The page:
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Hannah Jones

Date
09 December 2010
Hannah Jones
  • Why has Nike come to Cancun? What role can Nike play in this kind of forum?

Nike is a global company with an extensive supply chain. Climate change and the related systems impacts represent potential business risks for us. We are deeply committed to the concept of a clean energy economy, believing that early action on this issue will provide us with an advantage. We hope that by coming together, the industry can move these important issues forward.

For example: climate change poses a potential threat to the availability of water in many countries. Both cotton cultivation and textile manufacturing depend heavily on water. We have estimated that roughly 3 billion gallons are needed each year to dye and finish cotton and polyester for Nike apparel.

  • Why does Nike support establishing a price on carbon?

We need a price on carbon and the right policy instruments to provide transparency, longevity and consistency for market based solutions. We want to be able to access abundant clean renewable energy at the right price, and low carbon materials.

  • What plans does Nike have to become a more sustainable business over the next few years?

Nike has been on a journey to lower our environmental footprint since the early 1990s.

Earlier this year we committed to sharing our patents on the GreenXchange, like green rubber, to promote the creation and adoption of technologies that have the potential to solve important global or industry-wide sustainability challenges.

We’ve just released our Environmental Apparel Design Tool in the hope of accelerating and scaling collaboration between companies in our industry, fast-tracking sustainable innovation and ultimately decreasing our collective footprints in the area of toxics, waste, energy and water.

In 2011, we plan to share our Footwear Design Tool, as well as our Water Tool.

  • How are Nike's customer preferences changing? What role can Nike have in boosting environmental awareness among its customers?

Nike’s young consumers are passionate about climate change and the qualitative research that we have done has shown that they expect us to take a lead and believe that advocating for action on these issues is the right thing to do.

Consumers can purchase Nike Considered Design products which minimize environmental impact by reducing waste throughout the design and development process, use environmentally preferred materials, and eliminate toxics.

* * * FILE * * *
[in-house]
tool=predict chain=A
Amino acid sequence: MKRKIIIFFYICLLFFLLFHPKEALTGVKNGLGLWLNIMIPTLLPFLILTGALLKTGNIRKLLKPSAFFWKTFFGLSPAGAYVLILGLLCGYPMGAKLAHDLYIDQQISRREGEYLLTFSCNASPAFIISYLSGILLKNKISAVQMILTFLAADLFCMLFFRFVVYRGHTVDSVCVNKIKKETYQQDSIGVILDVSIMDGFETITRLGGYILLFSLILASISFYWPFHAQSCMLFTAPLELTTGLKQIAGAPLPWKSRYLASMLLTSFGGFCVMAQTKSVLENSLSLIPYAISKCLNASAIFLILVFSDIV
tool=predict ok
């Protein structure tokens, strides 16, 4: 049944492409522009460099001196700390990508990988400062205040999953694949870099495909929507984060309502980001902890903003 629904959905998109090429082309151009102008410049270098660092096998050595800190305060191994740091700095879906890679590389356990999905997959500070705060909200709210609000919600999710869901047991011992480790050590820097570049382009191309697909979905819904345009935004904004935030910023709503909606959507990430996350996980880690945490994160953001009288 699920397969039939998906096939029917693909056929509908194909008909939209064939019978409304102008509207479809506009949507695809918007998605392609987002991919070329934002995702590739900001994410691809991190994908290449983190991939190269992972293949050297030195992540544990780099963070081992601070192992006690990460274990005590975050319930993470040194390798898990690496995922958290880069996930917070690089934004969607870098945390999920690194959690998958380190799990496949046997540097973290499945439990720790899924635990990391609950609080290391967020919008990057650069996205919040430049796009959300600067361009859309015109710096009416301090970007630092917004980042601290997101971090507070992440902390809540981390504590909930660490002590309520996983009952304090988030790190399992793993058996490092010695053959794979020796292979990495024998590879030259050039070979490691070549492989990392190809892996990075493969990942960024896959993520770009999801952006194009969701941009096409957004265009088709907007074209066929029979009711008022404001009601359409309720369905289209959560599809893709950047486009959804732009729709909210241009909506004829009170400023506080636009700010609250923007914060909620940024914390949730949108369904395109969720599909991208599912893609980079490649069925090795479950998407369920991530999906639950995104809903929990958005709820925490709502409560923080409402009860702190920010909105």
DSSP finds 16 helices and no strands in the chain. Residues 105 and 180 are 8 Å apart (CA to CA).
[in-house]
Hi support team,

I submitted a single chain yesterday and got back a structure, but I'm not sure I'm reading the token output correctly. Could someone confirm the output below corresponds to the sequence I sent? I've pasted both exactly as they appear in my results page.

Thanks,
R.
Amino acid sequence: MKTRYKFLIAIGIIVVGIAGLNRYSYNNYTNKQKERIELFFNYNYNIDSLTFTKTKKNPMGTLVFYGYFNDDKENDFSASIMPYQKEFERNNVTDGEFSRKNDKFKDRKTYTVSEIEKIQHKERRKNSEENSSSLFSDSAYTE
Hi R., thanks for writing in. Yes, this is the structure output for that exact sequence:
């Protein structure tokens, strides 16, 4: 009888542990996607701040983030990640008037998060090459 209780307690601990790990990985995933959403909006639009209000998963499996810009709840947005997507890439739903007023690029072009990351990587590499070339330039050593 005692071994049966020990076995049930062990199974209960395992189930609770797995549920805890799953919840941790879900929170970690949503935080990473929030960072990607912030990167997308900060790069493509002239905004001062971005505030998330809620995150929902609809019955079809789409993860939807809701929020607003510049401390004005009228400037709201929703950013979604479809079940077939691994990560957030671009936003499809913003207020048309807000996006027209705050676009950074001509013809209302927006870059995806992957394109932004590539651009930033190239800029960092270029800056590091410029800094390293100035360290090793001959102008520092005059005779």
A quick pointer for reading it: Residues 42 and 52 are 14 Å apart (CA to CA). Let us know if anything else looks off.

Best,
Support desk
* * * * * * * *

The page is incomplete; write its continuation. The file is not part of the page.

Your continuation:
We hope to continue to use the power of our brand to mobilize efforts around these important issues in the industry. As a founding member of BICEP (Business for Innovative Climate and Energy Policy), we are increasing our advocacy voice to: stimulate green job growth to help reboot the economy; create a level playing field and certainty for investors through a cost on carbon; and unlock innovation that is essential to help create technology and infrastructure solutions.

  • How can business best encourage meaningful action on climate change from their government representatives?

Businesses can do a couple of things. Firstly, they can present a compelling business case for why action on climate change is important. Secondly, and perhaps more importantly, business can offer tangible examples of innovation, energy efficiency and successful deployment of renewable energy, which brings to life a vision of a new, low carbon economy.

  • How can business work more effectively with government on climate change solutions, and vice versa?

Businesses must continue to demonstrate how climate change is impacting their business and how moving forward on pricing carbon, promoting energy efficiency and renewable energy alternatives spurs innovation and benefits the economy.

At the same time, Government must step up and take action to address climate change through negotiation, legislation and regulation – because it will provide the certainty needed for business to continue to innovate and plan for their business growth in the future.


Biography

Hannah Jones is Nike Inc’s VP of Sustainable Business & Innovation (SB&I), as well as the lead on Nike Inc’s Government and Public Affairs strategy. As VP of Sustainable Business & Innovation, she leads the team mandated with enabling the company to thrive in a future state sustainable economy through closed loop business models. Nike defines the sustainable economy as an economy where people, planet and profit are in balance. The SB&I team's role is to fuel and hothouse sustainable innovation, embed sustainability into the heart of the business model and mobilize key constituencies (employees, consumers, policy makers, civil society and other industry) to enable a rapid transition to a sustainable economy.

Hannah is a founding member of the business advisory council to the United Nations High Commissioner for Refugees (UNHCR), chairs the Sustainable Consumption initiative for the Consumer Industries grouping of the world economic forum, and was named a Global Young Leader by the World Economic Forum in January of 2007.

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